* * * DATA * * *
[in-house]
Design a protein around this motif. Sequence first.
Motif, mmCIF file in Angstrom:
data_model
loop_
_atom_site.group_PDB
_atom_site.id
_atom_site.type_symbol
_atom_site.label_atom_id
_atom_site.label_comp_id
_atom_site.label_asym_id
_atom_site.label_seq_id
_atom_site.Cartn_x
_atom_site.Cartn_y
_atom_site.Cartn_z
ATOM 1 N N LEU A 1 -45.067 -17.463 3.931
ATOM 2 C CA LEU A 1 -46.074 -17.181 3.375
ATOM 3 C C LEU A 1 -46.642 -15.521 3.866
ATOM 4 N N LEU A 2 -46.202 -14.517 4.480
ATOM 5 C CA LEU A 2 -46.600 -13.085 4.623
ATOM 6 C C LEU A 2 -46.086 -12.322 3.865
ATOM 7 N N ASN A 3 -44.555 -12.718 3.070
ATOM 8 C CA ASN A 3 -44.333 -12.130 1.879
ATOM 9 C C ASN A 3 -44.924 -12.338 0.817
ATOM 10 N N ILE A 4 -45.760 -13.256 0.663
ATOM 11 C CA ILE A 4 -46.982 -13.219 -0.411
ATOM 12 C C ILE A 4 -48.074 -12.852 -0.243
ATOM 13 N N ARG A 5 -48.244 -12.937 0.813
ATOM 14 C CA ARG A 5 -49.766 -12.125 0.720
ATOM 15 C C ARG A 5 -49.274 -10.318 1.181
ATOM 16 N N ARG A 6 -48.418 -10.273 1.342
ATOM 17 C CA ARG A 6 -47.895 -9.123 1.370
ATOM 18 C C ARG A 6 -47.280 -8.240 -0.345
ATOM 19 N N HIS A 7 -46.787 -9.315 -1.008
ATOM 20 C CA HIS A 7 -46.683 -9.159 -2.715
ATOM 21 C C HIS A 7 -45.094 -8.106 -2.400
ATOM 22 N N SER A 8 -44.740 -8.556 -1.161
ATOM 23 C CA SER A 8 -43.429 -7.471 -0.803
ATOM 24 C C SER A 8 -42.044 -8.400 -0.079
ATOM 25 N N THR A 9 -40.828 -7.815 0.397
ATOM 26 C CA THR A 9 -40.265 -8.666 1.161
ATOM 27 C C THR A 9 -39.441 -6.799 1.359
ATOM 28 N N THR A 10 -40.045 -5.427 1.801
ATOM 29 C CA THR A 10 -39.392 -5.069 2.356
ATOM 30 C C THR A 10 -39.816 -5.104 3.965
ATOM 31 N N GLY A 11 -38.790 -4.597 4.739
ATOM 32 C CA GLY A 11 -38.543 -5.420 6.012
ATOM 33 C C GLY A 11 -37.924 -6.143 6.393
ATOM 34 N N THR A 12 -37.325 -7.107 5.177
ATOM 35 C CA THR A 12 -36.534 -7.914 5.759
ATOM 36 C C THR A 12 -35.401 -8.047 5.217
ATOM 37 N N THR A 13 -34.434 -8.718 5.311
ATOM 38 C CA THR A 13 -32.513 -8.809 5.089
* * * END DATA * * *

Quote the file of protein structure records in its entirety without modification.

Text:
[in-house]
Design a protein around this motif. Sequence first.
Motif, mmCIF file in Angstrom:
data_model
loop_
_atom_site.group_PDB
_atom_site.id
_atom_site.type_symbol
_atom_site.label_atom_id
_atom_site.label_comp_id
_atom_site.label_asym_id
_atom_site.label_seq_id
_atom_site.Cartn_x
_atom_site.Cartn_y
_atom_site.Cartn_z
ATOM 1 N N LEU A 1 -45.067 -17.463 3.931
ATOM 2 C CA LEU A 1 -46.074 -17.181 3.375
ATOM 3 C C LEU A 1 -46.642 -15.521 3.866
ATOM 4 N N LEU A 2 -46.202 -14.517 4.480
ATOM 5 C CA LEU A 2 -46.600 -13.085 4.623
ATOM 6 C C LEU A 2 -46.086 -12.322 3.865
ATOM 7 N N ASN A 3 -44.555 -12.718 3.070
ATOM 8 C CA ASN A 3 -44.333 -12.130 1.879
ATOM 9 C C ASN A 3 -44.924 -12.338 0.817
ATOM 10 N N ILE A 4 -45.760 -13.256 0.663
ATOM 11 C CA ILE A 4 -46.982 -13.219 -0.411
ATOM 12 C C ILE A 4 -48.074 -12.852 -0.243
ATOM 13 N N ARG A 5 -48.244 -12.937 0.813
ATOM 14 C CA ARG A 5 -49.766 -12.125 0.720
ATOM 15 C C ARG A 5 -49.274 -10.318 1.181
ATOM 16 N N ARG A 6 -48.418 -10.273 1.342
ATOM 17 C CA ARG A 6 -47.895 -9.123 1.370
ATOM 18 C C ARG A 6 -47.280 -8.240 -0.345
ATOM 19 N N HIS A 7 -46.787 -9.315 -1.008
ATOM 20 C CA HIS A 7 -46.683 -9.159 -2.715
ATOM 21 C C HIS A 7 -45.094 -8.106 -2.400
ATOM 22 N N SER A 8 -44.740 -8.556 -1.161
ATOM 23 C CA SER A 8 -43.429 -7.471 -0.803
ATOM 24 C C SER A 8 -42.044 -8.400 -0.079
ATOM 25 N N THR A 9 -40.828 -7.815 0.397
ATOM 26 C CA THR A 9 -40.265 -8.666 1.161
ATOM 27 C C THR A 9 -39.441 -6.799 1.359
ATOM 28 N N THR A 10 -40.045 -5.427 1.801
ATOM 29 C CA THR A 10 -39.392 -5.069 2.356
ATOM 30 C C THR A 10 -39.816 -5.104 3.965
ATOM 31 N N GLY A 11 -38.790 -4.597 4.739
ATOM 32 C CA GLY A 11 -38.543 -5.420 6.012
ATOM 33 C C GLY A 11 -37.924 -6.143 6.393
ATOM 34 N N THR A 12 -37.325 -7.107 5.177
ATOM 35 C CA THR A 12 -36.534 -7.914 5.759
ATOM 36 C C THR A 12 -35.401 -8.047 5.217
ATOM 37 N N THR A 13 -34.434 -8.718 5.311
ATOM 38 C CA THR A 13 -32.513 -8.809 5.089